State Department Releases 2010 Human Rights Report

by Peggy McGuinness

On Friday, the State Department issued the 2010 Country Reports on Human Rights Practices, a mandatory report to the United States Congress on human rights conditions around the globe.  This link to the full report is here,  the remarks of Secretary Clinton is here, and a very useful q and a with Mike Posner, Assistant Secretary for Democracy, Human Rights and Labor is here.   If you are wondering why the report cannot be downloaded as one neat pdf file, it weighs in at over 7,000 printed pages!  The Department also announced the launching of a new, separate web portal for human rights reporting, www.humanrights.gov:

As part of our mission to update statecraft for the 21st century, today I’m also pleased to announce the launch of our new website, humanrights.gov.* This site will offer one-stop shopping for information about global human rights from across the United States Government. It will pull together reports, statements, and current updates from around the world. It will be searchable and it will be safe. You won’t need to register to use it. We hope this will make it easier for citizens, scholars, NGOs, and international organizations to find the information they need to hold governments accountable.

I will be posting more on the human rights reporting process in the weeks to come, but I would point out for now that it is a very interesting development in the global human rights project that the U.S. State Department has become–as the new website amply demonstrates–a central repository for reporting on human rights protection globally.  But with the advent of the Universal Periodic Review process at the UN Human Rights Council, it is not the only one.  Of course, not everyone is so enthusiastic about the State Department’s self-appointment as global arbiter.  The Chinese government, while engaging in one of its worst crackdowns against human rights lawyers and political activists in recent memory, managed to find time to issue its own report on human rights conditions in the U.S.:

In the United States, the violation of citizens’ civil and political rights by the government is severe, said the report.

Citizen’s privacy has been undermined. More than 6,600 travelers had been subject to electronic device searches between October 1, 2008 and June 2, 2010, nearly half of them American citizens, said the report, citing figures released by the American Civil Liberties Union (ACLU) in September 2010.

The report said abuse of violence and torturing suspects to get confession is serious in the US law enforcement, and “wrongful conviction occurred quite often.”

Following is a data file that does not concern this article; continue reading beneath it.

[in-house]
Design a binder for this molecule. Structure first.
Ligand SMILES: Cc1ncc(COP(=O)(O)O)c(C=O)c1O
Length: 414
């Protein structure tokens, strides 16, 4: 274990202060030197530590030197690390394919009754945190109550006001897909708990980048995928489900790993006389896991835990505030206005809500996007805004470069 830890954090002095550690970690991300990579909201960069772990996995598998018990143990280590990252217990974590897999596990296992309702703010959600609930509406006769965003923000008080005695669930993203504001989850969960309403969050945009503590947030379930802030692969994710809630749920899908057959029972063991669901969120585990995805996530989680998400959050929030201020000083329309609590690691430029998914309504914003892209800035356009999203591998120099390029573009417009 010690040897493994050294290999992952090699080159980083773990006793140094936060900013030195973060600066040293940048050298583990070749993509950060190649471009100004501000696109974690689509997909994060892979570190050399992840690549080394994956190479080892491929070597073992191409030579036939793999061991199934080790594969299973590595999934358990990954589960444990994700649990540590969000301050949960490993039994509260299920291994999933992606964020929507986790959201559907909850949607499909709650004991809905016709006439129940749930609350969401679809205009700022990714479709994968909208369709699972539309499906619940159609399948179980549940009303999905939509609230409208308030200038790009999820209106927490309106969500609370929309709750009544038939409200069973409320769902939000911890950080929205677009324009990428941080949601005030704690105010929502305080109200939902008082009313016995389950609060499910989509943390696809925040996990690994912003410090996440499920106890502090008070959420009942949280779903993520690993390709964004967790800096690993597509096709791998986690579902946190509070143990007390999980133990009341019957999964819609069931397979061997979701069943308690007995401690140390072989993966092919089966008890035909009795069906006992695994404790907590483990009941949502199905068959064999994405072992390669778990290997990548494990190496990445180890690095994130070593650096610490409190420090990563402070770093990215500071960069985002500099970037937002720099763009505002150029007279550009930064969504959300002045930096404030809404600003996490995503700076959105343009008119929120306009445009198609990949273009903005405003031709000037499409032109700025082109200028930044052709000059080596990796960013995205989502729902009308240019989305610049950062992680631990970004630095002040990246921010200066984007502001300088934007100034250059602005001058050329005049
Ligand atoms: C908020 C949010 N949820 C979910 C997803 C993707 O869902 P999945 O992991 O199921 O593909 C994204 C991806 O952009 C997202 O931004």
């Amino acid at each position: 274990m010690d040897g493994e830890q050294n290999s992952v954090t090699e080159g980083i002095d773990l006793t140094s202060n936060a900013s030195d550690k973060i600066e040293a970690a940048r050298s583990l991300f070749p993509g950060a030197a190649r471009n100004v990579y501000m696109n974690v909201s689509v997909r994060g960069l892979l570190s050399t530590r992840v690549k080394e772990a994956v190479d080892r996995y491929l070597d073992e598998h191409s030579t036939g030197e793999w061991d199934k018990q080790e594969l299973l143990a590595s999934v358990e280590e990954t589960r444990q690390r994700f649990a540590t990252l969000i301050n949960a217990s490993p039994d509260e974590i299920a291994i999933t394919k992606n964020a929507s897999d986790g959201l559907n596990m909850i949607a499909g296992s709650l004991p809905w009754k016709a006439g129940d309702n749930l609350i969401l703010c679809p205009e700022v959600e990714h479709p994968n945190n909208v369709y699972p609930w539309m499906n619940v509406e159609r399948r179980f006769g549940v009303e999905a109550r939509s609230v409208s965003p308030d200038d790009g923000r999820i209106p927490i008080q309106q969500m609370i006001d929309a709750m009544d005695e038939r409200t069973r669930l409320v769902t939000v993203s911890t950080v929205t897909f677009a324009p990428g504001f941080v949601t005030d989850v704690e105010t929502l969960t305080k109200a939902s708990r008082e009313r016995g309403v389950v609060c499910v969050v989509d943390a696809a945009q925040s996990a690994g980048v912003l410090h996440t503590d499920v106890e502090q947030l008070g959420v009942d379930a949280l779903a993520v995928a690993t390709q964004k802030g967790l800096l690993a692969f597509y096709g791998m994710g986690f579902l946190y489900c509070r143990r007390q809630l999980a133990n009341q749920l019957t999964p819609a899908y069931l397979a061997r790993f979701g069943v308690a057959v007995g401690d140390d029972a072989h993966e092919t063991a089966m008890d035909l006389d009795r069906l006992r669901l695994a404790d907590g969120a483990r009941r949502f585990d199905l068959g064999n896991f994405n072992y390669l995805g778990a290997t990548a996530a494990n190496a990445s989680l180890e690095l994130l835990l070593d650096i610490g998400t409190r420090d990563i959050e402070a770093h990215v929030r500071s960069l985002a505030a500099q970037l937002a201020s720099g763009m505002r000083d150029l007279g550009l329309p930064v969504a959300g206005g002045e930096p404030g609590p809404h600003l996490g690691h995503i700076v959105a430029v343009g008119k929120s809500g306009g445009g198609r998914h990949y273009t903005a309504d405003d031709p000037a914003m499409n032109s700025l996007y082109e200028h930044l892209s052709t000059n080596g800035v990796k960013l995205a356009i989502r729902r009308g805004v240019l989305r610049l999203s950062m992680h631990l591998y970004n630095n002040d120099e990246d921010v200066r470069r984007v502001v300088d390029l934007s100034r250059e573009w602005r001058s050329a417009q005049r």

While advocating Internet freedom, the US in fact imposes fairly strict restriction on cyberspace, said the report.

The United States applies double standards on Internet freedom by requesting unrestricted “Internet freedom” in other countries, which becomes an important diplomatic tool for the US to impose pressure and seek hegemony, and imposing strict restriction within its own territory, the report said.

The US regards itself as “the beacon of democracy.” However, its democracy is largely based on money, the report said.

According to media report in 2010, US House and Senate candidates shattered fundraising records for a midterm election, taking in more than $1.5 billion as of October 24. The midterm election, held in November 2010, finally cost $3.98 billion, the most expensive in the US history.

More less-than-enthusiastic reactions to the US report can be found here (Bangladesh) and here (Russia).

* Great domain name, but searchability is not yet optimal.

http://opiniojuris.org/2011/04/11/state-department-releases-2010-human-rights-report/

3 Responses

  1. Peggy, in addition to concerns about whether the US has legitimacy to act as some kind of ‘judge’ of human rights compliance in other states, there is concern with the content of the reports themselves. In the case of Ireland, for example, there are various places where the State Department’s report is underinclusive, even taking into account its descriptive (rather than analytical) nature. In many cases, the omissions are interesting because they potentially reverberate with domestic debates in the US itself (although, I suppose, it might just be under researched?). I did a short analysis (http://www.humanrights.ie/index.php/2011/04/10/ussdrep2010/) and I bet that similar analyses are being done/possible in other countries as well. I wonder how political these reports really are, even for states where there is no real and identifiable tension between the United States and the country being reported on.

  2. Fiona-
    Thanks for the link and your longer comments over at the Human Rights Ireland site.  Politicization and under-inclusiveness have long been criticisms of the report, and your thorough review of the Ireland report demonstrates the degree to which an individual country report does not offer a full picture of the breadth and depth of human rights concerns within particular states.  I found particularly interesting your observation about the lack of attention to social and economic rights.  Keep in mind too that these reports are drafted by the State Department, and view human rights through an American diplomatic/foreign policy lens, rather than through a legal/judicial lens.

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  1. […] estos informes hacen que se genere una dinámica de examen mutuo. Al respecto, como se menciona por Peggy McGuinness, China ha contestado con la emisión de un informe sobre la situación de los derechos políticos […]